“Something Must be Done!” A 20th Century Rallying Cry for the Future of Public Health Nursing

Sep 17, 2013, 9:18 AM, Posted by

Pamela A. Kulbok, DNSc, RN, PHCNS-BC, FAAN, is a Robert Wood Johnson Foundation Executive Nurse Fellow. She is the Theresa A. Thomas Professor of Nursing and a professor of public health sciences at the University of Virginia, chair of the Department of Family, Community, and Mental Health Systems, and coordinator of the public health nursing leadership track of the master’s in nursing program.


With the recent release of second edition of the Public Health Nursing: Scope and Standards of Practice (American Nurses Association, 2013), now is a perfect time to reflect on the past and look toward the future of public health nursing (PHN). Public health nurses have always focused on improving the health of populations through health promotion and disease prevention. Since the establishment of visiting nursing in Boston and the Henry Street Settlement in New York City in the late 1800s, public health nurses have worked with families and communities in schools and homes, with immigrant populations in industrialized cities, and with rural communities to address challenging social conditions and to promote the health of the public.

It was evident with the founding of the National Organization of Public Health Nurses in 1912 that “something must be done” to prepare nurses with a broader education and emphasis on social conditions and prevention. Today, more than ever before, when health care in the United States is shifting its emphasis from an illness care system to one focused on health promotion and prevention, we need public health nurse generalists and advance practice public health nurses prepared to lead health care reform.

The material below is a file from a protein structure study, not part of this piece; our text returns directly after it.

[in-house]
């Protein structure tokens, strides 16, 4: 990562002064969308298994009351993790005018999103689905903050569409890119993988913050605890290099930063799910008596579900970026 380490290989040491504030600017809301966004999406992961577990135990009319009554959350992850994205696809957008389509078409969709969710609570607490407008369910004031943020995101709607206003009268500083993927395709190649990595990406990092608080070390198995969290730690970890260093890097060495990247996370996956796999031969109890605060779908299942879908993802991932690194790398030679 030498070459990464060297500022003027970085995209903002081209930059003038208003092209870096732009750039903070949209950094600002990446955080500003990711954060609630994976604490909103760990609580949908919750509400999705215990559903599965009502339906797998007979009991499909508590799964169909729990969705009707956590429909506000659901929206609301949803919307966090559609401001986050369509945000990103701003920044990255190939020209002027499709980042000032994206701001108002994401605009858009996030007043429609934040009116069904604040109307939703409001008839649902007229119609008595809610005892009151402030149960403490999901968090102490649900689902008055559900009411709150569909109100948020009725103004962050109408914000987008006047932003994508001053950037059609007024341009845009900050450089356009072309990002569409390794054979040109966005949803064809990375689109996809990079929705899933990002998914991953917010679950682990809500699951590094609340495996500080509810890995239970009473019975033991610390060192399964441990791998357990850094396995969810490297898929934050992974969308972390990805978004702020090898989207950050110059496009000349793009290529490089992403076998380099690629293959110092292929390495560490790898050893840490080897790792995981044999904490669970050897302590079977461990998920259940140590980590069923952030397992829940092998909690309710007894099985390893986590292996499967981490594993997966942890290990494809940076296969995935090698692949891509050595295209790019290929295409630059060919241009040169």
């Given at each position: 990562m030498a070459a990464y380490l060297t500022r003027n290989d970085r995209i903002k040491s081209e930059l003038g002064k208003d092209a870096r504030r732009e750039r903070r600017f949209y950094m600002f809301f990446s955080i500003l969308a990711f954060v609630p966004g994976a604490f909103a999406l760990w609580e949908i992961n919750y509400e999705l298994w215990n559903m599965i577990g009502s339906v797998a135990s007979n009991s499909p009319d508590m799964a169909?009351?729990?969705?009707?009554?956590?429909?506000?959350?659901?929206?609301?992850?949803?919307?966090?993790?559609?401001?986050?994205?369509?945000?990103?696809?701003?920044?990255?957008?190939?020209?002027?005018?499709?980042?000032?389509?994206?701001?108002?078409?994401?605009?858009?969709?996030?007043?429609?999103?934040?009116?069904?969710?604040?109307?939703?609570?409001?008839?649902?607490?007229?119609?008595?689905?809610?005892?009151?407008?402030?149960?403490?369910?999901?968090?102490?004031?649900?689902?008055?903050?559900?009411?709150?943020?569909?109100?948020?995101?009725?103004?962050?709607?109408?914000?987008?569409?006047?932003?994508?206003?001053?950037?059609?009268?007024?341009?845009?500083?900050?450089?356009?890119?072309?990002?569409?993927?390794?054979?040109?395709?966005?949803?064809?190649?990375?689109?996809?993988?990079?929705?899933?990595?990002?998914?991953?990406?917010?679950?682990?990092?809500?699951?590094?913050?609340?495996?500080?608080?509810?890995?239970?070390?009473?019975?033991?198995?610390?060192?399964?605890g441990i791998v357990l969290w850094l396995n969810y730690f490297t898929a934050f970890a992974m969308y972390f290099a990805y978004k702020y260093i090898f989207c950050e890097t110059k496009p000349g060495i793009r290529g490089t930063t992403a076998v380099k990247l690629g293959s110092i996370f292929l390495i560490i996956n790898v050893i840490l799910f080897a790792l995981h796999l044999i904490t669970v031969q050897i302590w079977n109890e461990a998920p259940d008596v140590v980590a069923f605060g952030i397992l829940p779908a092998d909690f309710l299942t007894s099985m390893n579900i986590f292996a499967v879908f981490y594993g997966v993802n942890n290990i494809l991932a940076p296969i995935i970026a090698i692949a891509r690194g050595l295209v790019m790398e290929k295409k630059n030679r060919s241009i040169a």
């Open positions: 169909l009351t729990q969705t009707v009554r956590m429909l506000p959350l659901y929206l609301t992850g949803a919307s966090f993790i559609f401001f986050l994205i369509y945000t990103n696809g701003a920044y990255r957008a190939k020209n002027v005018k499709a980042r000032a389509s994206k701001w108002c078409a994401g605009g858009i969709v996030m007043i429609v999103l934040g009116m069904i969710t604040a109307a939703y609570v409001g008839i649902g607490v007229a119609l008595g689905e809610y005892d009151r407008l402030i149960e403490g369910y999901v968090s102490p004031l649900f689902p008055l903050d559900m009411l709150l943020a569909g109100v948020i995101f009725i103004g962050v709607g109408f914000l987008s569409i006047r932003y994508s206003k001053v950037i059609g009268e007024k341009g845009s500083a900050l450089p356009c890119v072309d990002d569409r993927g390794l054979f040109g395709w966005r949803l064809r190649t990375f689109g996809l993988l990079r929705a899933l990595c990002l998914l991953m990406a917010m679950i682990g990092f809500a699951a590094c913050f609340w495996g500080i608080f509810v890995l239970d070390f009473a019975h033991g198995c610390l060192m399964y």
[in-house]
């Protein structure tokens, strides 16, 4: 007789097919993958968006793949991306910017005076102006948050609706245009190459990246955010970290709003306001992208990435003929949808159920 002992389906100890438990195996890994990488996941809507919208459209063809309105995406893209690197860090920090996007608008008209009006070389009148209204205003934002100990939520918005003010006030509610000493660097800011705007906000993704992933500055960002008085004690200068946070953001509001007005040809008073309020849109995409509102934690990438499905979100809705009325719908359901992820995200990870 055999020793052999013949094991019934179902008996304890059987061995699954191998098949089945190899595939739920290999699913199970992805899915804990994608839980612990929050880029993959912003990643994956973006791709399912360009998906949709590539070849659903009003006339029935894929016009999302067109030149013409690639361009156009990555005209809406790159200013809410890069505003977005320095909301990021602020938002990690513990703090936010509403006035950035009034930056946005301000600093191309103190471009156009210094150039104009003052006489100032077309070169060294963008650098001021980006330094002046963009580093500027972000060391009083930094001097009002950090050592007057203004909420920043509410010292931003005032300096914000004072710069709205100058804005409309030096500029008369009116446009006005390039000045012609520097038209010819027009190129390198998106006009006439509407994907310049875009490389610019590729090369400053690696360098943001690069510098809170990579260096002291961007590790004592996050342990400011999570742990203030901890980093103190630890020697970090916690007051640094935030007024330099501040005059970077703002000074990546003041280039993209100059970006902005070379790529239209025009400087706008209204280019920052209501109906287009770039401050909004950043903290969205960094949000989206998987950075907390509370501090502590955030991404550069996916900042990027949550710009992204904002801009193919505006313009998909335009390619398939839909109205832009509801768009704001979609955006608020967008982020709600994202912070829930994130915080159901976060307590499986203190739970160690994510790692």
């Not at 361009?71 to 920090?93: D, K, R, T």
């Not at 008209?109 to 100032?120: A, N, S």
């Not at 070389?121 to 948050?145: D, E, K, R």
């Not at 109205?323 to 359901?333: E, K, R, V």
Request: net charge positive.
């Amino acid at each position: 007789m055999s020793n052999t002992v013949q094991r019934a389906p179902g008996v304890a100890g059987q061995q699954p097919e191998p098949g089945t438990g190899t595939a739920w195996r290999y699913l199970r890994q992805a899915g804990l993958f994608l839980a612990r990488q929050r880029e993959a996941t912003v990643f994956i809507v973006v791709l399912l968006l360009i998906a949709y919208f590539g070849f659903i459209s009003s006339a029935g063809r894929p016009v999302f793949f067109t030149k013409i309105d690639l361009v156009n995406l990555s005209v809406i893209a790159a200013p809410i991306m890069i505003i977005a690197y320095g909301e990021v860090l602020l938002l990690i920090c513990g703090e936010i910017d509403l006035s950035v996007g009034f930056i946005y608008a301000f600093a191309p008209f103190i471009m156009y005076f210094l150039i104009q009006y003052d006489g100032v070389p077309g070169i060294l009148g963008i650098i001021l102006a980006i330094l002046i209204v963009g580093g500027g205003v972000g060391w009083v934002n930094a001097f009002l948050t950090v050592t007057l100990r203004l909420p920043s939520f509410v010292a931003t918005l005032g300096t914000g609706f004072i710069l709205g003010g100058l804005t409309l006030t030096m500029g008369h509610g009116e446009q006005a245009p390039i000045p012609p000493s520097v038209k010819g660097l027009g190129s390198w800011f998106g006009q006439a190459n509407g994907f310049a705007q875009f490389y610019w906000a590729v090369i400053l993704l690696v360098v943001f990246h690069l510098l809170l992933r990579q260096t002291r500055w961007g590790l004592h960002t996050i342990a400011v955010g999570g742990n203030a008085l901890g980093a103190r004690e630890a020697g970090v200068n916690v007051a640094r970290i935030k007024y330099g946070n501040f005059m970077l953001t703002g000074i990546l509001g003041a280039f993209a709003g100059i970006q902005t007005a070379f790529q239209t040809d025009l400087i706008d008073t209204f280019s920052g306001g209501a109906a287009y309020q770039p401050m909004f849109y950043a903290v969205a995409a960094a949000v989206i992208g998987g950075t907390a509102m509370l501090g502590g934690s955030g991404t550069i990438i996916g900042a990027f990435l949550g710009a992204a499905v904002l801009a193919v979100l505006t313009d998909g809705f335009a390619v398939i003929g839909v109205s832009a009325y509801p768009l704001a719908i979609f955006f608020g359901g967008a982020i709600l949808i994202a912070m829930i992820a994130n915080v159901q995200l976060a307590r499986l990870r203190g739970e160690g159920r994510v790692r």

I had the good fortune to co-chair, with Joy Reed, PhD, RN, an RWJF Executive Nurse Fellow since 1998, the American Nurses Association (ANA) workgroup that revised the PHN: Scope and Standards of Practice (ANA, 2007). This dynamic group of nursing educators, practitioners, and researchers viewed the revision process as an opportunity to set the stage for public health nurses to become active, visible partners in health care. The scope and standards provide guidance to public health nurses in communities across the nation working to direct change in all health sectors, from public to private and local to global. In addition, the convergence of multiple economic, political, and social factors provides a “roadmap” for improving population health. These factors include landmark initiatives: Healthy People 2020, the Patient Protection and Affordable Care Act (ACA), the Institute of Medicine’s Future of Nursing Report, the Obama Administration’s National Prevention Strategy, and the Robert Wood Johnson Foundation (RWJF) reports on the Forum on the Future of Public Health Nursing and the Enumeration and Characterization of the Public Health Nurse Workforce.  

The renewed national emphasis on health promotion, prevention, and population health provide exciting opportunities for leadership roles in PHN education and workforce development to influence participatory community health promotion and prevention practices. Two clear directions for PHN leadership arise from the current national context.

The first involves the shifting mission of schools of nursing toward educational programs, scholarship, translational research, and service that emphasize health promotion and prevention to improve population health and reduce health disparities.